Inside AJHG: A Chat with Andrew Sharp

Posted By: Sara Cullinan, PhD, Deputy Editor, AJHG

Each month, the editors of The American Journal of Human Genetics interview an author of a recently published paper. This month we check in with Andrew to discuss his paper “A phenome-wide association study identifies effects of copy-number variation of VNTRs and multicopy genes on multiple human traits.”

Andrew Sharp, PhD is a Professor of Genetics and Genomic Sciences the Icahn School of Medicine at Mount Sinai.
Andrew Sharp, PhD is a Professor of Genetics and Genomic Sciences the Icahn School of Medicine at Mount Sinai.

SC: What motivated you to start working on this project?

AS: I’ve been interested in wacky bits of the genome for a long time. I actually remember way back in 2004 when as a postdoc with Evan Eichler we first started getting data from early array CGH experiments using BAC arrays that included duplicated bits of the genome. I clearly remember one day scrolling through the data, and stumbling across these really striking repeated patterns you could see in the profiles we were getting where it was clear that certain regions of the genome had highly variable copy numbers even in our control samples. At that time, there was a general idea that the genome was this very static thing and that every gene is always present in two copies in normal people. So, the idea that there were these big repeats with genes in them that were varying wildly in copy number in the general population really stuck in my head, and I thought, these things have to be doing something important, and wouldn’t it be neat to start looking at these things and figuring out what they do?

SC: What about this paper/project most excites you? 

AS: That after 18 years I’ve finally managed to start answering that question! It’s really nice to see an idea that I had way back then actually come to fruition at last. A lot of the reason this took so long has been dependent on many other factors outside my lab and general developments in the field, like big consortia generating sequencing data from tens of thousands of samples, making these data freely available to others, and cloud computing that enables us to access and analyze these data in a scalable fashion. So, it’s not like I’ve spent the last 18 years of my life working on this, but rather it was just a question that had to wait for the right moment before we could start to answer it. Once all those parts fell into place, all we had to do was figure out the right methods to actually be able to characterize these big tandem repeats from Illumina sequencing data.

SC: Thinking about the bigger picture, what implications do you see from this work for the larger human genetics community?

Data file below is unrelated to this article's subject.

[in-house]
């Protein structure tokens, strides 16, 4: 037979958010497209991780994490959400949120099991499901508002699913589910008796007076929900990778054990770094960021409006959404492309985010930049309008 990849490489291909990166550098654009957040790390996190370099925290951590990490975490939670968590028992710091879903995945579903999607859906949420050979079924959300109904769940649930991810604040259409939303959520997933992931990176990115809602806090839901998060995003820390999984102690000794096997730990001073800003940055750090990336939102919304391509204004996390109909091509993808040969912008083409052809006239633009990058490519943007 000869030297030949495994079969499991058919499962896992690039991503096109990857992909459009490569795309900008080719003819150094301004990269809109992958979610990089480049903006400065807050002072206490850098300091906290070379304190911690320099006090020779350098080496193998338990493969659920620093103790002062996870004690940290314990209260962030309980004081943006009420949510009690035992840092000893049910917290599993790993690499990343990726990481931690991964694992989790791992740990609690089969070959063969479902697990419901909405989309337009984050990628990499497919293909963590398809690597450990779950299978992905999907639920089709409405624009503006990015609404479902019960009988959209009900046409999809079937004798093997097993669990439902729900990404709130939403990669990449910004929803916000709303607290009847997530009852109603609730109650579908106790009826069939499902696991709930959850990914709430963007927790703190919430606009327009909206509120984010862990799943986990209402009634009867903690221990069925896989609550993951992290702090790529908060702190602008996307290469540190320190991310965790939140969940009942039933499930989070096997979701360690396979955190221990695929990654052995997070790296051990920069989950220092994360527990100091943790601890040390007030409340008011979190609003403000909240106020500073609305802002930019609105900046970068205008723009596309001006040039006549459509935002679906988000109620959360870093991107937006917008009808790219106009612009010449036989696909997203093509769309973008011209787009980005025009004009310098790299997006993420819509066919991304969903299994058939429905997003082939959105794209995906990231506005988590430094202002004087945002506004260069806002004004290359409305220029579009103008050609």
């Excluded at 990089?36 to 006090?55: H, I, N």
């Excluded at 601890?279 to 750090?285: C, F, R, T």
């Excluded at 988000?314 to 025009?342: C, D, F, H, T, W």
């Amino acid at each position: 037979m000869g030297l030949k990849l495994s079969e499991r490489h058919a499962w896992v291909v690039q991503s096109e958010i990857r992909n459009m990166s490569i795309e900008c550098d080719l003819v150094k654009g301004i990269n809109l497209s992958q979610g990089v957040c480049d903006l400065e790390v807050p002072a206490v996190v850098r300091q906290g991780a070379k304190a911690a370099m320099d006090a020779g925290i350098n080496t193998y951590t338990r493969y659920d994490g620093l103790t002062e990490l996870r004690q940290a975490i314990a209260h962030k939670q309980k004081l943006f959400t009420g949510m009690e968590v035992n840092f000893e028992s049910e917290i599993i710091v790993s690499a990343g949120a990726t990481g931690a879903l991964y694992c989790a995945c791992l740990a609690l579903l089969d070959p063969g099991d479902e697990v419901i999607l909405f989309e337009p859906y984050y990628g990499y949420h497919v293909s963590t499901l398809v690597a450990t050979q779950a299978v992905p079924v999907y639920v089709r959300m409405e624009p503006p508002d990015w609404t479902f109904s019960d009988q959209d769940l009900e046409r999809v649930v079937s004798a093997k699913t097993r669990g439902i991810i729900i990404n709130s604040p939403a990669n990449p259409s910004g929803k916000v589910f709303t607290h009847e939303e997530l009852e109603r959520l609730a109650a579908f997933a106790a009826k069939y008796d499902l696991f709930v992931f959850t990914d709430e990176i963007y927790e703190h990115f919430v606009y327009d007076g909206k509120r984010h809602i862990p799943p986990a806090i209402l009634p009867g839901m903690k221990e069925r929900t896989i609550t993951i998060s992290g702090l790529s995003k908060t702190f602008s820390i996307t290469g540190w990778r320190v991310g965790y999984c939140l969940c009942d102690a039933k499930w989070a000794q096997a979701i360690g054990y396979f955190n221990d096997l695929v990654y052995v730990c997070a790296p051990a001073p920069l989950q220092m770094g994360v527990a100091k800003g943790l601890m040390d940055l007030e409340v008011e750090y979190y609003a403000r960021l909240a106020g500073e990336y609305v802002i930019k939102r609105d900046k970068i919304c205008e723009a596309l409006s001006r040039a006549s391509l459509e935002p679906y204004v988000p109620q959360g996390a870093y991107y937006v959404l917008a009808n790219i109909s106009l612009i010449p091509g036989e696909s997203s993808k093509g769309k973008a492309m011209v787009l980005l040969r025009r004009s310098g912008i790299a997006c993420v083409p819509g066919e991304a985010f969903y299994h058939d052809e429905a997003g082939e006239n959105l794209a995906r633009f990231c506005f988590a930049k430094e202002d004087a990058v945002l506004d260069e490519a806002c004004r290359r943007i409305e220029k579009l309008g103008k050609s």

AS: For the past 20 years, a lot of people in the human genetics community have focused on SNPs and doing GWAS, and there is this idea that if we just look at big enough sample sizes, we’ll be able to figure out all the important genetics of a condition. But there’s always been this observation that even if you add up all the SNPs found in really well powered GWAS, they never explain all the heritability of a disease. For a long time, people have been saying, maybe complex regions and tandem repeats and bits of the genome that are missing from SNP arrays might fill in some of that missing heritability? I think this study really underlines that idea, and shows there is a whole world of genetic variation beyond SNPs that is simply thrown out by most standard genomics pipelines. Sometimes it pays to not just follow the herd.

SC: What advice do you have for trainees/young scientists?

AS: Follow your curiosity and find a good mentor and lab where you will do interesting science that excites you. Enjoy the relative time and freedom you have when you are a trainee, because once you start moving up, time becomes your most precious resource. And no matter how much you like doing science, don’t spend too much time in the lab.

SC:  And for fun, tell us something about your life outside of the lab.

AS: I have a three year-old daughter who takes up a lot of my time. But where possible, I love to cook, and it’s a lot of fun introducing her to new foods and how to make them. So, besides hanging out at the local playgrounds, on a weekend we often bake cakes together (though she recently confessed that she only likes doing it because she gets to lick the bowl afterwards).

ASHG uses cookies to provide you with a secure and custom web experience. Privacy Policy